No one here can give a timetable, they only guess to the best of their knowledge without any vested interests.

 

On 6/20/2016 at 6:37 PM, Dorkins said:

If you want to have a kid just have a kid. My partner and I are from a very similar demographic and geographical area to you and our first was born 3 weeks ago. We took him home to our privately rented house a couple of days later. He's lovely. It can be done.

This crisis will not last forever, don't let the politicians/landlords/estate agents/bankers dictate your life.

We have Section24 in play.  SDLT surcharge.   Reasons for hope.   It is not impossible to grind out some savings in a far better capitalised banking system, and I can't do anything to stop you worriers projecting that savings 'will be taken to support HPI'.   

Just buy if that's how you feel.  Become complicit in a societally destructive housing financialisation situation (in highest priced areas), or perhaps move to where house prices that bit more affordable.   Options.  We all have them in a market.   People rent and save and hope for a turn on BTL and house prices to fall back to a better measure of earnings. If you buy (in very expensive areas), you have taken your decision.

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You people still have your choices. There’s nothing inevitable about it.  (Use of Weapons.)

 

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Just a few ideas:

  • Invest some in inflation proof assets even if you risk taking a hit on them. Your asset can only go to zero, inflation can go to the moon
  • Invest some in something that provides a utility value if the shit hits - I like land, you can live off it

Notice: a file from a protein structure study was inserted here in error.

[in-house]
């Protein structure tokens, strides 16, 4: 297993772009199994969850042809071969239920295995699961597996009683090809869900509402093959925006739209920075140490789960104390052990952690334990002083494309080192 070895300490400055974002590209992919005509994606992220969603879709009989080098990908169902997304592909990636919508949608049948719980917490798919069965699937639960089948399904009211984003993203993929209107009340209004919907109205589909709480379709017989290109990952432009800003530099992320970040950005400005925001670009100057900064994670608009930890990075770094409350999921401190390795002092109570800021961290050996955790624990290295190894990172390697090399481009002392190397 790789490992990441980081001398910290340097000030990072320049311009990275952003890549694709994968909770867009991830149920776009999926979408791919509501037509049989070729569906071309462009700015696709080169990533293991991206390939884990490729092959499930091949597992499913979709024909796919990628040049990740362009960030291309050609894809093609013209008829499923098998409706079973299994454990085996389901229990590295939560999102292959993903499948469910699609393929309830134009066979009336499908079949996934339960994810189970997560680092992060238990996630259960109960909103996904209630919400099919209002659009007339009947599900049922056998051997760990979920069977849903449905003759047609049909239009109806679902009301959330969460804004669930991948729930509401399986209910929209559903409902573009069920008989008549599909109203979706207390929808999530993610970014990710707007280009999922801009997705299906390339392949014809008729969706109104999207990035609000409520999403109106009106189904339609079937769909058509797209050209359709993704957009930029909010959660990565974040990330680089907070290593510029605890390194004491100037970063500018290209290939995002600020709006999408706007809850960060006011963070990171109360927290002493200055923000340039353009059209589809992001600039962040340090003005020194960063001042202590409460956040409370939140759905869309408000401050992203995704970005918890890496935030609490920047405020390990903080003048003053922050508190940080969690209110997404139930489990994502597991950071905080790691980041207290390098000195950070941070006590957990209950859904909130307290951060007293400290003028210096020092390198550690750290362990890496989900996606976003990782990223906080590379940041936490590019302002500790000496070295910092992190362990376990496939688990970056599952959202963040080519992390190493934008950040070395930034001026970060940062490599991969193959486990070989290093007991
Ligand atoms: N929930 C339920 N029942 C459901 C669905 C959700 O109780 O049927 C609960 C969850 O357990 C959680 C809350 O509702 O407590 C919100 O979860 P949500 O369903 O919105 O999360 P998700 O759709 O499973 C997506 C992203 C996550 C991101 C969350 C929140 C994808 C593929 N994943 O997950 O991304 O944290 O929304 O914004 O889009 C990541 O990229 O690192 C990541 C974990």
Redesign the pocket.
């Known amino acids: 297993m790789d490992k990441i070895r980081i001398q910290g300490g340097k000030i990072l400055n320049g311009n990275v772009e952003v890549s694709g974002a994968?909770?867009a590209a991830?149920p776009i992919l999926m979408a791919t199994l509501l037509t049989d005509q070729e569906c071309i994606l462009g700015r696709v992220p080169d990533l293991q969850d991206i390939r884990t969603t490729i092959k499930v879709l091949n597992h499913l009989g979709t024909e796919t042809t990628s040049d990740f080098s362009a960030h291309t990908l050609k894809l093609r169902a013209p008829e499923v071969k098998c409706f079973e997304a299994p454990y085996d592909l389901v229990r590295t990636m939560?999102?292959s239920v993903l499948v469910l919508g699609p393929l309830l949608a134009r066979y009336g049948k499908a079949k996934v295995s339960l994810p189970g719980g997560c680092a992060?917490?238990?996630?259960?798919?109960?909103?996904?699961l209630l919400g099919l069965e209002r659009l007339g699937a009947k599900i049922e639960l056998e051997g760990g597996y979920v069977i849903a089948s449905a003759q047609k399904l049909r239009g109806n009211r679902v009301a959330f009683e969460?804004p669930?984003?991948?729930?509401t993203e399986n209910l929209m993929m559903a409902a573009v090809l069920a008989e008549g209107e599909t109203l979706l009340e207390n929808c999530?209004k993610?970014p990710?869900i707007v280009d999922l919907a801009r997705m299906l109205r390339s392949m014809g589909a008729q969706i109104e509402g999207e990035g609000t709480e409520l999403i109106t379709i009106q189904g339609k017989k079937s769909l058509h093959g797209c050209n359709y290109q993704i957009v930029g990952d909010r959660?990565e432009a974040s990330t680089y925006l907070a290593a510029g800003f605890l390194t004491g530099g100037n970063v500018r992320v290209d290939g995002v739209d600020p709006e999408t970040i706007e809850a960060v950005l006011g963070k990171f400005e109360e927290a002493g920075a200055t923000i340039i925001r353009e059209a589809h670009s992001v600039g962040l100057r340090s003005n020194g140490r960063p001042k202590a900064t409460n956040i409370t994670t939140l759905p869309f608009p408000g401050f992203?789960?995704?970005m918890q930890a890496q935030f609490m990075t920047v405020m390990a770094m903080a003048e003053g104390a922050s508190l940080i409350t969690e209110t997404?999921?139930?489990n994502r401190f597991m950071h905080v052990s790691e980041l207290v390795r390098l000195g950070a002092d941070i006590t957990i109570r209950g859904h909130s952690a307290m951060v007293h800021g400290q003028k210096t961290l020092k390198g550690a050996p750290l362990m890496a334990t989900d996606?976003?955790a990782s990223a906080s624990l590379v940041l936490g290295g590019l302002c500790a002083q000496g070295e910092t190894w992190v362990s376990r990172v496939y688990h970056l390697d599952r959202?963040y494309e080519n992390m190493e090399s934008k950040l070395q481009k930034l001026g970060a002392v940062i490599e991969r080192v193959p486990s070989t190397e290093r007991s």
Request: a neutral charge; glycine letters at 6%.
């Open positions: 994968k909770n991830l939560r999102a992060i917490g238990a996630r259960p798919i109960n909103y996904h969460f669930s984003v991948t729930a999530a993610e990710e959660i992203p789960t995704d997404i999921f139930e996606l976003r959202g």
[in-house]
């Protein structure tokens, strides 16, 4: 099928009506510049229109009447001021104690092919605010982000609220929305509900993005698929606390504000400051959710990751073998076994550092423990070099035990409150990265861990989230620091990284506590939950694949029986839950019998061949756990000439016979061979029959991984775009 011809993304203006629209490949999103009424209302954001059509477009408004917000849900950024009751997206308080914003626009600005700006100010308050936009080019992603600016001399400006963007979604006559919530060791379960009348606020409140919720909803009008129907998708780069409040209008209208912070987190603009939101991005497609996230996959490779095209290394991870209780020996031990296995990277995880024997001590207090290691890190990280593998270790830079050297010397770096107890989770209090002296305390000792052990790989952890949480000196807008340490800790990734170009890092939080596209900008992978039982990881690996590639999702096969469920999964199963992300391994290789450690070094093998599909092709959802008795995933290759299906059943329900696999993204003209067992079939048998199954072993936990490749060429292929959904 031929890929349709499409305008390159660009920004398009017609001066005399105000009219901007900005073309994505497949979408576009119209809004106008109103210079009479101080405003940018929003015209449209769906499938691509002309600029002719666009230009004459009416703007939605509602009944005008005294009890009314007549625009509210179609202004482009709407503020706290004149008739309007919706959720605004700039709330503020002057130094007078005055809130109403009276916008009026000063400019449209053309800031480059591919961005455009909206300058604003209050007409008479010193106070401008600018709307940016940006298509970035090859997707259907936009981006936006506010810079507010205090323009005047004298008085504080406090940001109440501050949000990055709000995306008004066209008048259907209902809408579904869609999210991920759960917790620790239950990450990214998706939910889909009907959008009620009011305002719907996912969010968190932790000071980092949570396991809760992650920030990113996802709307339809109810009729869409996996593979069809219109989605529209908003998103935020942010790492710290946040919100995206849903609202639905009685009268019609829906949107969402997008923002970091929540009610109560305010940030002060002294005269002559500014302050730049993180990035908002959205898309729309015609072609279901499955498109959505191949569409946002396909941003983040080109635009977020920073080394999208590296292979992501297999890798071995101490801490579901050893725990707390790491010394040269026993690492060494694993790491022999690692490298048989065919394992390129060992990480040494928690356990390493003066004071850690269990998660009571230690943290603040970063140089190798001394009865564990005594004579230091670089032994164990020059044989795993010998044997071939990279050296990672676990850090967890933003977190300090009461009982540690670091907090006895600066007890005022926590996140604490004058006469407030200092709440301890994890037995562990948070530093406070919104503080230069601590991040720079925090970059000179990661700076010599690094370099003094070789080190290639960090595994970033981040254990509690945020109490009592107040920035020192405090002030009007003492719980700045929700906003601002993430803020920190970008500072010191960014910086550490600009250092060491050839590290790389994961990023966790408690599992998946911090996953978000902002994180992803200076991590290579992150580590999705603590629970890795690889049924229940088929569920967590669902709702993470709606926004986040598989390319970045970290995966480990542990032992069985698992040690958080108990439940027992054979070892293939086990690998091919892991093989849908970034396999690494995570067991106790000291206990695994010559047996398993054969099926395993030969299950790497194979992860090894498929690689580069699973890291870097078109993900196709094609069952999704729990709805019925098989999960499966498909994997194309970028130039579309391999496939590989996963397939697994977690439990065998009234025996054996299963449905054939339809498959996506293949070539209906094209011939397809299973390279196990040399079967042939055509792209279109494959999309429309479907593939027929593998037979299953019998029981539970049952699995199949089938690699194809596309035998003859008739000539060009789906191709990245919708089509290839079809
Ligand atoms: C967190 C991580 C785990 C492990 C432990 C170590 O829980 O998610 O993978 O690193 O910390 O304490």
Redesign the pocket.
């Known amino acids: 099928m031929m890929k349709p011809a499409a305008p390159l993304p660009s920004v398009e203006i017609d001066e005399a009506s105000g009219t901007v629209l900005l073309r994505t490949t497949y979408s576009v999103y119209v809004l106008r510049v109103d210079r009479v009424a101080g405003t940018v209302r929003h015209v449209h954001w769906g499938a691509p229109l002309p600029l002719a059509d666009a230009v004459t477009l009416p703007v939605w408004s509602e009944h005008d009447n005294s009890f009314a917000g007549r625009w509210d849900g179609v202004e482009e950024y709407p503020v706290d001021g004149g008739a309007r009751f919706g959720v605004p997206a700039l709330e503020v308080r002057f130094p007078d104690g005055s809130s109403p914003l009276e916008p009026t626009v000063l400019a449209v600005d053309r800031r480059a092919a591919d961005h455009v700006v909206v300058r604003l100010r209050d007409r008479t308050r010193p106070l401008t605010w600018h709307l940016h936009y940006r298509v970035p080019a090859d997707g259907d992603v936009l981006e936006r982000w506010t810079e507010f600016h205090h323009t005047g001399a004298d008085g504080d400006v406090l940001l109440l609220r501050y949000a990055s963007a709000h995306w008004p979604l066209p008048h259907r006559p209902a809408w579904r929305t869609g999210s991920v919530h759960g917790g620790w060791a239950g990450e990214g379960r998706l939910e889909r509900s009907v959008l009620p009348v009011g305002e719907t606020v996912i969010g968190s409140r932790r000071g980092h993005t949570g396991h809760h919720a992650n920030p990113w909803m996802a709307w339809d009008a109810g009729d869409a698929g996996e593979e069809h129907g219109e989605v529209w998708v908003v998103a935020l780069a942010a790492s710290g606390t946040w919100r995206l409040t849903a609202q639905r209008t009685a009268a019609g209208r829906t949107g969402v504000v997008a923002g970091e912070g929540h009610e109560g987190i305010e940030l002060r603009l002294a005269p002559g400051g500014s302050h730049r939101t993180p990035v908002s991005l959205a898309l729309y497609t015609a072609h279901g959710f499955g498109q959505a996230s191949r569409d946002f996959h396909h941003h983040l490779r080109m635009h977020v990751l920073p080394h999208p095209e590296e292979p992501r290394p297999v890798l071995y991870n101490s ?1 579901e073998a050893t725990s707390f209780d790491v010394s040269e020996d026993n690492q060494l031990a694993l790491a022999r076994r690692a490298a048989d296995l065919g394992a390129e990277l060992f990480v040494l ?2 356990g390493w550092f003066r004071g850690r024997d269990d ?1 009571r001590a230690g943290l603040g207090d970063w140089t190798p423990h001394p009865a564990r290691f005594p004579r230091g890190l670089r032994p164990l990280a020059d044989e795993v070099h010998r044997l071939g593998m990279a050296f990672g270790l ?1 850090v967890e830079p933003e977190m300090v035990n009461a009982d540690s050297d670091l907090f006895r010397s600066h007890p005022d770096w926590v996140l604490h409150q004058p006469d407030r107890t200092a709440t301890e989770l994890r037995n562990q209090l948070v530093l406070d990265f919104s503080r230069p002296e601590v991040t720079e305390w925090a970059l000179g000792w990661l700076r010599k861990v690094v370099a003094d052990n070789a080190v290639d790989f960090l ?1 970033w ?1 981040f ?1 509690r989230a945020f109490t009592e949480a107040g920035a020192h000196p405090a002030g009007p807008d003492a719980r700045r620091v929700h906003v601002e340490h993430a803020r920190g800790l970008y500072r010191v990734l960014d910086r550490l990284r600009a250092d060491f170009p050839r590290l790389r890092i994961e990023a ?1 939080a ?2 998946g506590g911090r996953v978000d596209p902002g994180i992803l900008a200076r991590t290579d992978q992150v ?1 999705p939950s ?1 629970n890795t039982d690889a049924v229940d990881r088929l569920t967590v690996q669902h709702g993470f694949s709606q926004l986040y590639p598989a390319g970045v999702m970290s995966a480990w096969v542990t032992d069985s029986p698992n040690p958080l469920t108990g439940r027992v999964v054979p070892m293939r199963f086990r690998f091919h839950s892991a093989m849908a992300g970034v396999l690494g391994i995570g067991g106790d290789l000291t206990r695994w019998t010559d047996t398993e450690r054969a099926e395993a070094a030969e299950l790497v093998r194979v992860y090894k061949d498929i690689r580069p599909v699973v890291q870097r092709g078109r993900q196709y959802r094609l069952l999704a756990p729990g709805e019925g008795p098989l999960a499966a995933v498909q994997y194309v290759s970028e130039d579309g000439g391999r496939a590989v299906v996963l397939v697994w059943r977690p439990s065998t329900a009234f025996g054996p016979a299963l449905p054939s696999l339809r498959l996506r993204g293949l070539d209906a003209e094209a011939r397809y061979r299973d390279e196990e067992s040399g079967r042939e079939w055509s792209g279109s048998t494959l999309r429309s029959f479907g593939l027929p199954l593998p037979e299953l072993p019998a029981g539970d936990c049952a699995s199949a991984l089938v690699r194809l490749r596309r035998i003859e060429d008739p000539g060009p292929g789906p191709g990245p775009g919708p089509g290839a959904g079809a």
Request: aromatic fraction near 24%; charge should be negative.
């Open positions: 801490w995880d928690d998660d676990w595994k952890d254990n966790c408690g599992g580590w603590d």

• Keep some in cash, nobody really knows whether it will turn out to be king or toilet paper 
  • Invest in your own education and skills across a broad spectrum. A second or third language might be fantastically valuable if there's no life to be had here
  • Invest in your own enjoyment - have some fun now because even if the shit doesn't hit, if you wait until 65 before you decide to start enjoying yourself, you'll have a hard time bungee jumping with a wig and false teeth
  • Stop worrying. Do your best to position yourself, and then let the dice roll. You're being forced to take a gamble, just accept it because there's jack shit you can do about it and there's no right or wrong answer to how to position yourself. Respect yourself for having made educated decisions based on your own research and analysis; that's more than about 95% of the rest of the population bother to do. Some of them will get lucky anyway. That's life, don't hate them for it

Good luck.

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95% of the population do no research or analysis for one of the most important decisions in life?

To buy a property at the prices around them (vs renting), or to sell at property when prices zoom high to perhaps downsize?

Everyone has their own market view and their own level of analysis, and responsibility within it.

If anyone is hating on anyone else, seems to me it's those who class themselves as so elite to other people.